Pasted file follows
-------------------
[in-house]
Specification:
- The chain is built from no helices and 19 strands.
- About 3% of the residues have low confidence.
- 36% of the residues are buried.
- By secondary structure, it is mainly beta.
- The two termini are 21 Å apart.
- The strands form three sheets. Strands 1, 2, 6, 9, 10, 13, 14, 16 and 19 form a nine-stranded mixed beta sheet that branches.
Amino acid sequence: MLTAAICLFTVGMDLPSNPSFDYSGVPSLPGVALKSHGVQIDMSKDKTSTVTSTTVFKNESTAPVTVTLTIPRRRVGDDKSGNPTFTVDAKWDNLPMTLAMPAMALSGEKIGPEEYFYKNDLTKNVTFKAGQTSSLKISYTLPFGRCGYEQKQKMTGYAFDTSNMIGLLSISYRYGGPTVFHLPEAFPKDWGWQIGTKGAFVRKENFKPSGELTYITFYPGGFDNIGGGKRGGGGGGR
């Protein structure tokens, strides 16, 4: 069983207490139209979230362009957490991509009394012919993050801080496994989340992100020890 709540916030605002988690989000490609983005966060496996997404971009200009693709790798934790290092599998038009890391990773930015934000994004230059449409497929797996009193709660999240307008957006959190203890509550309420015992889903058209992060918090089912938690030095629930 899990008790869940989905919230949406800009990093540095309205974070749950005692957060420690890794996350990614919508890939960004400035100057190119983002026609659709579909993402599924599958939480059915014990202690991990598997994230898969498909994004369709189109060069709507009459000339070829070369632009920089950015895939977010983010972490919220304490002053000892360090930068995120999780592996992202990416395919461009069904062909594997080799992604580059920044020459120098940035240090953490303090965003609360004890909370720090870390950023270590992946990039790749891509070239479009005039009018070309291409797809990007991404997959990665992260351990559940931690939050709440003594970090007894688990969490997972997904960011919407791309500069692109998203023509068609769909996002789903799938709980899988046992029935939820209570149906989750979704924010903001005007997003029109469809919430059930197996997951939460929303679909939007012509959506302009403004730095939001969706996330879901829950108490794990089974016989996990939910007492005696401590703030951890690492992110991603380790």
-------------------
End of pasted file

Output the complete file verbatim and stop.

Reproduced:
[in-house]
Specification:
- The chain is built from no helices and 19 strands.
- About 3% of the residues have low confidence.
- 36% of the residues are buried.
- By secondary structure, it is mainly beta.
- The two termini are 21 Å apart.
- The strands form three sheets. Strands 1, 2, 6, 9, 10, 13, 14, 16 and 19 form a nine-stranded mixed beta sheet that branches.
Amino acid sequence: MLTAAICLFTVGMDLPSNPSFDYSGVPSLPGVALKSHGVQIDMSKDKTSTVTSTTVFKNESTAPVTVTLTIPRRRVGDDKSGNPTFTVDAKWDNLPMTLAMPAMALSGEKIGPEEYFYKNDLTKNVTFKAGQTSSLKISYTLPFGRCGYEQKQKMTGYAFDTSNMIGLLSISYRYGGPTVFHLPEAFPKDWGWQIGTKGAFVRKENFKPSGELTYITFYPGGFDNIGGGKRGGGGGGR
């Protein structure tokens, strides 16, 4: 069983207490139209979230362009957490991509009394012919993050801080496994989340992100020890 709540916030605002988690989000490609983005966060496996997404971009200009693709790798934790290092599998038009890391990773930015934000994004230059449409497929797996009193709660999240307008957006959190203890509550309420015992889903058209992060918090089912938690030095629930 899990008790869940989905919230949406800009990093540095309205974070749950005692957060420690890794996350990614919508890939960004400035100057190119983002026609659709579909993402599924599958939480059915014990202690991990598997994230898969498909994004369709189109060069709507009459000339070829070369632009920089950015895939977010983010972490919220304490002053000892360090930068995120999780592996992202990416395919461009069904062909594997080799992604580059920044020459120098940035240090953490303090965003609360004890909370720090870390950023270590992946990039790749891509070239479009005039009018070309291409797809990007991404997959990665992260351990559940931690939050709440003594970090007894688990969490997972997904960011919407791309500069692109998203023509068609769909996002789903799938709980899988046992029935939820209570149906989750979704924010903001005007997003029109469809919430059930197996997951939460929303679909939007012509959506302009403004730095939001969706996330879901829950108490794990089974016989996990939910007492005696401590703030951890690492992110991603380790």